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2018 SkS Weekly Climate Change & Global Warming News Roundup #43

Posted on 27 October 2018 by John Hartz

A chronological listing of news articles posted on the Skeptical Science Facebook Page during the past week including,,, 

Editor's Pick

They Know Seas Are Rising, but They’re Not Abandoning Their Beloved Cape Cod

Lifelong residents are building higher with each flood. But while they deal with climate change, some say they aren’t sure what to believe about the cause.

 Cape Code

Sea level is rising at an accelerated pace along the Mid-Atlantic coast, from Cape Hatteras to north of Boston, while land in some of those areas is sinking. Residents can try to adapt or face more frequent flooding. Credit: Robert Scott Button 

"It flooded in early January, and then it happened again two or three months later," says Matt Teague of Barnstable, Mass., about the slew of storms that hit Cape Cod in the winter of 2017. "We're like, what are we doing here?" he says, opening his arms skyward.

It is now the peak of summer as I stand with Matt in the seaside community of Blish Point at the front door of the house he owns—a house that's about to be demolished. Matt, 43, with a trim graying beard and a belt buckle in the shape of a fishhook, is the owner of REEF Design & Build, which works all across Cape Cod. He bought the house with his brother and father more than 10 years ago as an investment. Blish Point, an area where native fishermen once laid out their nets to dry, today contains a couple hundred homes nestled between the mouth of Barnstable Harbor and the verdant marsh of Maraspin Creek. Some of the homes are upscale; others are simple cottages. The Teague house, one of the simple cottages, was ruined by flooding: five major storms in the past three years alone have struck this area, and two of the four nor'easters last winter inundated the ground-level home.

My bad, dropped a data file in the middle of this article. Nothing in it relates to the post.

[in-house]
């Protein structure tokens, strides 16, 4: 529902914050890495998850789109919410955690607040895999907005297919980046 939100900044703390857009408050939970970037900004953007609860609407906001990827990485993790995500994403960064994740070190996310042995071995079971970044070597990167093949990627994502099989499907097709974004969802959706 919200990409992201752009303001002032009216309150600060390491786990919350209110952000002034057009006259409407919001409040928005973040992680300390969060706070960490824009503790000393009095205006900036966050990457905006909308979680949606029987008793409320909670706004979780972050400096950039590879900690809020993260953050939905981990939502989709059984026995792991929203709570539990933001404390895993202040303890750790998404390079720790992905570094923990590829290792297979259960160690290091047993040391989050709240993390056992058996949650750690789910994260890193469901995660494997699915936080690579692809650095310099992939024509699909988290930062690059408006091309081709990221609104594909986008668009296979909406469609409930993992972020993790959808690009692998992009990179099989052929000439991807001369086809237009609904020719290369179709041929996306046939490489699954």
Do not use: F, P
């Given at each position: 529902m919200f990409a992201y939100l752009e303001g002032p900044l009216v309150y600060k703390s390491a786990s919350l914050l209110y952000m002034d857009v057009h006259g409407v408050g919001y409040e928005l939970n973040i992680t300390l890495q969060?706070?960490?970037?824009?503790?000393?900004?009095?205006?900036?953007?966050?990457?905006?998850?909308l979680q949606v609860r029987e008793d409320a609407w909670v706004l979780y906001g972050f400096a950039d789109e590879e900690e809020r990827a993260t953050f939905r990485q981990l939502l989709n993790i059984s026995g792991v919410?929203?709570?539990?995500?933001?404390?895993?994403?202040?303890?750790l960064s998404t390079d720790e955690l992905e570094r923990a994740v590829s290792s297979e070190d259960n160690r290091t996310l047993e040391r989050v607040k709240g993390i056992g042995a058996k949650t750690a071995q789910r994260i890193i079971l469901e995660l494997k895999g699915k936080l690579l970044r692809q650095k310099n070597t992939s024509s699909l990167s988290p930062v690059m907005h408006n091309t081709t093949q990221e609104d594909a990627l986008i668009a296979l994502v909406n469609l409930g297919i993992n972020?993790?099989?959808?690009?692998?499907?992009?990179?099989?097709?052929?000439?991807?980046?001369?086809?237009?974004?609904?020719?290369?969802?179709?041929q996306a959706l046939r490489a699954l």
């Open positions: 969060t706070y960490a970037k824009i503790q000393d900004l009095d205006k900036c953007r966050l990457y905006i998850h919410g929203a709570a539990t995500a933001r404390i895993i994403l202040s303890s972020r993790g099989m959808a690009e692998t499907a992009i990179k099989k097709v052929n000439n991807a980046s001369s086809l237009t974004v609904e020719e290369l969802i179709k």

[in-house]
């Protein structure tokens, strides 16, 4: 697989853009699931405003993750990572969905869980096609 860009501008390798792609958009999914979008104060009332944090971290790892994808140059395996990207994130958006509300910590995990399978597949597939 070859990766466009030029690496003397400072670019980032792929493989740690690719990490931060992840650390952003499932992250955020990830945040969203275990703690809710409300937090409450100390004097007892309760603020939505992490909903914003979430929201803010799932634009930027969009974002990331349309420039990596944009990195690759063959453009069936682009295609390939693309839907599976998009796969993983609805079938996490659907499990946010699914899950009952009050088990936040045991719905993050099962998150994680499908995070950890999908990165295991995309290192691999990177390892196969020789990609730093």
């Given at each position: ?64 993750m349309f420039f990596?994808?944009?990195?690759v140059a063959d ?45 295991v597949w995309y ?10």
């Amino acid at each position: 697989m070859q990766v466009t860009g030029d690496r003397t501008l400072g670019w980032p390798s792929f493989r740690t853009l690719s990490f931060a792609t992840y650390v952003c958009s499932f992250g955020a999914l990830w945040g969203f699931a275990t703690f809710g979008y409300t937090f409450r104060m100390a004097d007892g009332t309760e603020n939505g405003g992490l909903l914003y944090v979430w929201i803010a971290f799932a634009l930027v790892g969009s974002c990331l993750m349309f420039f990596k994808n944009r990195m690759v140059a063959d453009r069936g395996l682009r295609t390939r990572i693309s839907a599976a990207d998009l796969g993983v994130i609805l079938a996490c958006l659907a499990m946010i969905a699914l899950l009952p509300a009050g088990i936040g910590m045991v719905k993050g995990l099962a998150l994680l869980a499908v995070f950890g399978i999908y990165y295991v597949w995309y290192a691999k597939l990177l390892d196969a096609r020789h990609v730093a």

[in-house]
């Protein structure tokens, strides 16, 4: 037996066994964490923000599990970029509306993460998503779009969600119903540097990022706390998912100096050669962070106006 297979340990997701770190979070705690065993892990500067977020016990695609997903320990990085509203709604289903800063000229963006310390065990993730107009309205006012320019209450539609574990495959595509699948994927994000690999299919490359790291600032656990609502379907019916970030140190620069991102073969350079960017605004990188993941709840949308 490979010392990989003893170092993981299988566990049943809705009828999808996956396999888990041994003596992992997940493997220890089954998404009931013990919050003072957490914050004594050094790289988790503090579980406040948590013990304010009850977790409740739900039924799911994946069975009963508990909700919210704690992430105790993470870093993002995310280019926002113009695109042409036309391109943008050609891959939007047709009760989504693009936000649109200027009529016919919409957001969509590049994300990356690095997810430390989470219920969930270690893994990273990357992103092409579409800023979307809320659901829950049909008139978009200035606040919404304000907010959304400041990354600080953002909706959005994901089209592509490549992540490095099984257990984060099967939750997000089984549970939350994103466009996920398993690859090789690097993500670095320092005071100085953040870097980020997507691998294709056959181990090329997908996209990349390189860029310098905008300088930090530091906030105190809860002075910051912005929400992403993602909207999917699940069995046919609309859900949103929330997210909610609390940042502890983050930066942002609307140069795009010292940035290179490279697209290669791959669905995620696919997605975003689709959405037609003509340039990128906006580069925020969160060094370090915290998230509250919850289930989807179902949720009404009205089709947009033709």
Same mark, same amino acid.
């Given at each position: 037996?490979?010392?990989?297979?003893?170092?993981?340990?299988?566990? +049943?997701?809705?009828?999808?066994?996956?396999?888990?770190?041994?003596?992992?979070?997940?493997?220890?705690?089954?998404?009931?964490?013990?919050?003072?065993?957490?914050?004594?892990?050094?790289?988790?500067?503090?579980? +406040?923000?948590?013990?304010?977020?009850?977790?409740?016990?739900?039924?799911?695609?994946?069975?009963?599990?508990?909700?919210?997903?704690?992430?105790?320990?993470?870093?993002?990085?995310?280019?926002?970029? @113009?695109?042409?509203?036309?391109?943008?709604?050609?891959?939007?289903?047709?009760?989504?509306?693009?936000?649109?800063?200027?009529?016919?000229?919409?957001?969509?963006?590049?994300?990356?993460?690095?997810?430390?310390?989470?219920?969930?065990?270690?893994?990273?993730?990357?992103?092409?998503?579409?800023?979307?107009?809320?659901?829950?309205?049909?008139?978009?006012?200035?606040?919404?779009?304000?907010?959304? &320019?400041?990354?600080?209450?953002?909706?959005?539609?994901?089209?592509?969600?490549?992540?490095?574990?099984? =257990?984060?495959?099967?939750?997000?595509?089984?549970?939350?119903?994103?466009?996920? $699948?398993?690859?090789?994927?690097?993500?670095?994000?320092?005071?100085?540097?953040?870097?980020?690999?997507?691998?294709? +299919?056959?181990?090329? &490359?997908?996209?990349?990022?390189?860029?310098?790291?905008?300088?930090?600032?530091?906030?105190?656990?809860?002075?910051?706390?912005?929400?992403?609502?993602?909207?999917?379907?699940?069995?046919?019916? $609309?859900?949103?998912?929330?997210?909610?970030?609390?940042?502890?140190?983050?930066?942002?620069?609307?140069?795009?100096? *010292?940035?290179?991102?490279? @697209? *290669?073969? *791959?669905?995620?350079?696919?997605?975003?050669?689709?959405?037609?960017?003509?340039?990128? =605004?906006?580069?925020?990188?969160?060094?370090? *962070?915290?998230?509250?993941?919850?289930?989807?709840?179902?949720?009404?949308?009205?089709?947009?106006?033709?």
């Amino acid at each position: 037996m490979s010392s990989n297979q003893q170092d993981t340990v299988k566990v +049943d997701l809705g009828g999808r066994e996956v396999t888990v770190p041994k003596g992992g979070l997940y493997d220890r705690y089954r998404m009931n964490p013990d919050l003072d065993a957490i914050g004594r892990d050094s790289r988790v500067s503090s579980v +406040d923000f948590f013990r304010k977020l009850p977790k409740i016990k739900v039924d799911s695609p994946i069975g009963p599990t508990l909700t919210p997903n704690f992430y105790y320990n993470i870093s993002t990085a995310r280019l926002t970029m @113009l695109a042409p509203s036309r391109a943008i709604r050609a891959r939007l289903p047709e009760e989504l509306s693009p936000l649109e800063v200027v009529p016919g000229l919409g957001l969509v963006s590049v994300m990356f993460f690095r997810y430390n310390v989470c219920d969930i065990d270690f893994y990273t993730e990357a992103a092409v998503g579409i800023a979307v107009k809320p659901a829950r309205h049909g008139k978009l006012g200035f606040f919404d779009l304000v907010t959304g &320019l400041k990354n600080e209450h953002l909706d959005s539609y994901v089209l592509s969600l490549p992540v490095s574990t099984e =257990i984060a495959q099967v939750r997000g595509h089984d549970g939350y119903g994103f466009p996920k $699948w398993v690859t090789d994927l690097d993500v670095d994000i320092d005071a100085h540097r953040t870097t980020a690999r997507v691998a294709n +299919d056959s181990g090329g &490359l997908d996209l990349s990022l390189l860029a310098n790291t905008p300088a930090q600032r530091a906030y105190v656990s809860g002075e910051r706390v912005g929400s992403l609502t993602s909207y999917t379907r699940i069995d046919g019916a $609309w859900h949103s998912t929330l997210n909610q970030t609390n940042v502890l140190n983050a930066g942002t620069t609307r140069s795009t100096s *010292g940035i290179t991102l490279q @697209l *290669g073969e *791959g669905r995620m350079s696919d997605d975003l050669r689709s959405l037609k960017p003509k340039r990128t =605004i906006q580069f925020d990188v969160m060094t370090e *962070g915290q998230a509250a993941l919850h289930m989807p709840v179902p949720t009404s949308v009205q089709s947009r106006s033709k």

Matt pushes his sunglasses atop his head, revealing a pale strip of untanned skin along his temple, as he stretches out his hand 2 feet above the door's threshold to show me where the water rose to during the storms. Over his shoulder, a hungry excavator sits ready to begin its work as Matt's extended family arrives, setting up lawn chairs across the street from the doomed house, joking about who forgot the popcorn. They have come to watch the carnage.

In spite of his own rhetorical question, after the demolition, Matt is going to rebuild—not elsewhere, but right here, only higher. 

They Know Seas Are Rising, but They’re Not Abandoning Their Beloved Cape Cod by Meera Subramanian, InsideClimate News, Oct 26, 2018 

Links posted on Facebook

Sun Oct 21, 2018

Mon Oct 22, 2018

Tue Oct 23, 2018

Wed Oct 24, 2018

Thur Oct 25, 2018

Fri Oct 26, 2018

Sat Oct 27, 2018

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Comments 1 to 5:

  1. Great article full of good people. You can almost see the cogs turning in their minds: agw climate change equals more taxes (eg a carbon tax), don't like taxes, better to just adapt to climate change and not try and cut emissions. It's understandable anyone could empathise.

    However relying purely on adaptation will be very costly in the long run. Prevention is better than cure, but its a hard message to sell, yet its the message we must sell much better.

    I think the culture wars and political tribalism between conservatives and liberals is getting dangerous and entrenched. The sad thing is all attention has now focussed on immigration, taxes gun rights and a few hot button issues,  and the environment has been pushed into the background, however looming environmental disaster will make many of the other issues and arguments seem trivial. 

    America is heading towards civil war if this continues. I have said it before and now someone else is here.

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  2. nigelj,